By Jonas Korlach, Chief Scientific Officer
All of us at Pacific Biosciences are very proud of the momentum SMRT® Sequencing achieved in 2014, especially due to the more than 500 customer publications now in the literature describing its many applications. We remain deeply thankful to all the scientists who have applied our technology to gain new insights into genomes, transcriptomes, and epigenomes. By applying SMRT Sequencing to a wide variety of applications, our customers are demonstrating that long, unbiased reads have brought about new quality standards for many fields of genomic research. This exciting level of scientific activity and collaboration also provides us with important feedback to further optimize and develop sequencing applications for the PacBio® RS II.
In 2015, we plan to continue our track record of delivering improvements in all aspects of SMRT Sequencing. Sample preparation developments include improved and streamlined sample preparation protocols, barcoding solutions for multiplexing many samples in a SMRT Cell run, and protocols for improved yields of very long-insert libraries and full-length cDNA libraries.
With regard to sequencing runs, as was the case in the previous three years, we expect to deliver another ~4-fold increase in throughput, reaching >4 Gb of data per SMRT Cell run, with average read lengths increasing to 15-20 kb. We plan to accomplish this through a combination of improvements in the sequencing chemistry, protocol workflows, and software. An example is active loading to increase the efficiency of loading one polymerase per ZMW at frequencies greater than the Poisson limit. In the area of data analysis, we will continue to work with the bioinformatics community to create faster algorithms for de novo genome assemblies, further developing solutions like our FALCON assembler for resolving diploid or polyploid genomes, and streamlined analysis workflows for other applications such as Iso-Seq™, full-length HLA, and others.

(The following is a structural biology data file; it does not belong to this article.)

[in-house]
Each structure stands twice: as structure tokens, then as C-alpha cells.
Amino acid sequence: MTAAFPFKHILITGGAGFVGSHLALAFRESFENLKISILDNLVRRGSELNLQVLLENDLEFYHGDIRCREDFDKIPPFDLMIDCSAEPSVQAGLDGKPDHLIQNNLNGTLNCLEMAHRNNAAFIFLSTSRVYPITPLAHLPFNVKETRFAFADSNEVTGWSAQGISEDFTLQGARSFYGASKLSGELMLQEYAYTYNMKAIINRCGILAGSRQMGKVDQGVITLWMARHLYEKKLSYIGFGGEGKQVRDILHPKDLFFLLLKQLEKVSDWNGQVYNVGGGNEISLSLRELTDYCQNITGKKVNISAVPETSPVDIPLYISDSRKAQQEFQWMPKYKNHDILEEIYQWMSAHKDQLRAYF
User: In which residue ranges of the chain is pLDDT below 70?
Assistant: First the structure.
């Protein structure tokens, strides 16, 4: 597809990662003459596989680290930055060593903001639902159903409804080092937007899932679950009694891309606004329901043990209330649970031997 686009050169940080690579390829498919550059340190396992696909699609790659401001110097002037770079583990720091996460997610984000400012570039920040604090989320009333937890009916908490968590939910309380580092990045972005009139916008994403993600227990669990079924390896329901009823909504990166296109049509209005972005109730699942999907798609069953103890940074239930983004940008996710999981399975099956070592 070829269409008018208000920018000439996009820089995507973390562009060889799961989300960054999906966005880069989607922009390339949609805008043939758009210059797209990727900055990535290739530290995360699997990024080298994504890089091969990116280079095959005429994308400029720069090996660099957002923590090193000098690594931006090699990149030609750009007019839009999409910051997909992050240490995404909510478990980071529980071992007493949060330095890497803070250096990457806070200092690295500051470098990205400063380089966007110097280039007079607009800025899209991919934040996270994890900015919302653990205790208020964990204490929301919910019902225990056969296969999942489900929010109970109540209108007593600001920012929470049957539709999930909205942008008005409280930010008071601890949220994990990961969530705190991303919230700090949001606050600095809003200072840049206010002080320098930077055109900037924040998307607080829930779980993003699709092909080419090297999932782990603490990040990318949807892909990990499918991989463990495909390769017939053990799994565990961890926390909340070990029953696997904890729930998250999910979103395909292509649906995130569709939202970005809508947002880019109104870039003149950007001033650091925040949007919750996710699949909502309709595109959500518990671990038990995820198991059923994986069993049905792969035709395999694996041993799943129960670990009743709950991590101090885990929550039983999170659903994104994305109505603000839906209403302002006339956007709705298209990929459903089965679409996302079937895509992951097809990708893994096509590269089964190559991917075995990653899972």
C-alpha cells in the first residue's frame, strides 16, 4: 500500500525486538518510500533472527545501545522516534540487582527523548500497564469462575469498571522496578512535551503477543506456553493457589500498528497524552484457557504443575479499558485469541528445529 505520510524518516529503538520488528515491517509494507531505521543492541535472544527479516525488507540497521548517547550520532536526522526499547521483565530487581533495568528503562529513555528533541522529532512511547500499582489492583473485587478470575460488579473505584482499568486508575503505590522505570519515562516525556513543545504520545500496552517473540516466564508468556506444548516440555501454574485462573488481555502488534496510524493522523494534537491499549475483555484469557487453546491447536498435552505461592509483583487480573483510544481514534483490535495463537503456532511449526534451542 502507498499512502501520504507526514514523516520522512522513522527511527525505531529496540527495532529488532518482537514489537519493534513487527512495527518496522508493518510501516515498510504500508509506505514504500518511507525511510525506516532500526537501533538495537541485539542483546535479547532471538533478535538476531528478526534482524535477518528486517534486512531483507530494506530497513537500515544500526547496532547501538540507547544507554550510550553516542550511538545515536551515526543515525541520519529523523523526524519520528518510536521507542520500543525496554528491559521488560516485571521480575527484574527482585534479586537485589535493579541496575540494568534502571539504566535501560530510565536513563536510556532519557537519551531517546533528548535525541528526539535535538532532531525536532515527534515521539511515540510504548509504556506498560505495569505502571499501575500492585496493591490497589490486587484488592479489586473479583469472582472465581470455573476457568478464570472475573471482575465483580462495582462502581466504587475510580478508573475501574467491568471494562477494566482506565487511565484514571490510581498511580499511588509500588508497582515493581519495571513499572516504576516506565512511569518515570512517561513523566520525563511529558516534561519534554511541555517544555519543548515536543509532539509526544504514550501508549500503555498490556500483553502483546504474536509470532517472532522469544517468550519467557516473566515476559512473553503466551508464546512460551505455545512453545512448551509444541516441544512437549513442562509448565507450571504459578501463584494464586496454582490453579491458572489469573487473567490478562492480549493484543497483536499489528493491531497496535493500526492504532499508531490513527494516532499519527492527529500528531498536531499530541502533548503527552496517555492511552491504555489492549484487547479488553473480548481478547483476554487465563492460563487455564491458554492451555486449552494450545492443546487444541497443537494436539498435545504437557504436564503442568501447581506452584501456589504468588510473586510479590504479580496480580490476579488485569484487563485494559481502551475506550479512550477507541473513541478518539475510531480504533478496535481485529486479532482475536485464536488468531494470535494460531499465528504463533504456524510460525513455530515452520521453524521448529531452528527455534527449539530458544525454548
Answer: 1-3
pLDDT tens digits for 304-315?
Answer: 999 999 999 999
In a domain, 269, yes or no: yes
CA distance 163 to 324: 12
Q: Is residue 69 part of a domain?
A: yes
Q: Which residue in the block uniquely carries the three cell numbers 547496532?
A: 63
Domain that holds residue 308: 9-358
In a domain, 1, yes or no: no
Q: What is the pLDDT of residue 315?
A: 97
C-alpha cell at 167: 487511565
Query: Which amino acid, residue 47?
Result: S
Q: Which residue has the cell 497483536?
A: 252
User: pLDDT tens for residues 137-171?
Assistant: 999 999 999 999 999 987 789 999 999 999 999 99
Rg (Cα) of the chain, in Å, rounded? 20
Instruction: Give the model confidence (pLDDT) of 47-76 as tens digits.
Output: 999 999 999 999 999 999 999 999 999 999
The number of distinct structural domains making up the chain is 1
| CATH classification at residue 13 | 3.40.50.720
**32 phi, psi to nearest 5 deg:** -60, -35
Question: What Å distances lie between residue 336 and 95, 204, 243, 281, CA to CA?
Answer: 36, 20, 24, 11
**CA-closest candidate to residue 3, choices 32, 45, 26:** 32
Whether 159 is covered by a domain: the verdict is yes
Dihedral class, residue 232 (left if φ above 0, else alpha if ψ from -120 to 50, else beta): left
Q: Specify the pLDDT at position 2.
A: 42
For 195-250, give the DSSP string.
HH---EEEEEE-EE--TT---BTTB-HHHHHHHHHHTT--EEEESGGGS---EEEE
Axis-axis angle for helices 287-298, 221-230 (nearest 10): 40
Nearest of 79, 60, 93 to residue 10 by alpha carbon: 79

It is exciting to think about the new frontiers in genomics research that will be realized by this continued innovation and performance increases in SMRT Sequencing, for example:
• High-quality population and disease-specific human reference genomes
• Comprehensive views of tissue and disease-specific transcriptome architectures
• High-quality plant and animal reference genomes and transcriptomes
• Comprehensive characterization of structural variation in genomes
• Large-scale microbial genome and epigenome studies
Examples of these successes have already been featured at last week’s Plant & Animal Genome meeting, with over 50 researchers presenting their work on the use of SMRT Sequencing in the plant and animal research space. Of course, we are also looking forward to next month’s AGBT conference, where advances in the human genomics research space will be highlighted as part of the conference program and during our workshop on February 27.
We are excited to interact with many of you at these and other forums as we support the efforts voiced by many in the community to “bring the ‘W’ back into whole-genome sequencing,” e.g. at the NHGRI event held last year on “Future Opportunities for Genome Sequencing and Beyond: A Planning Workshop for the National Human Genome Research Institute.” We wish you continued success in your research, and thank you again for your support!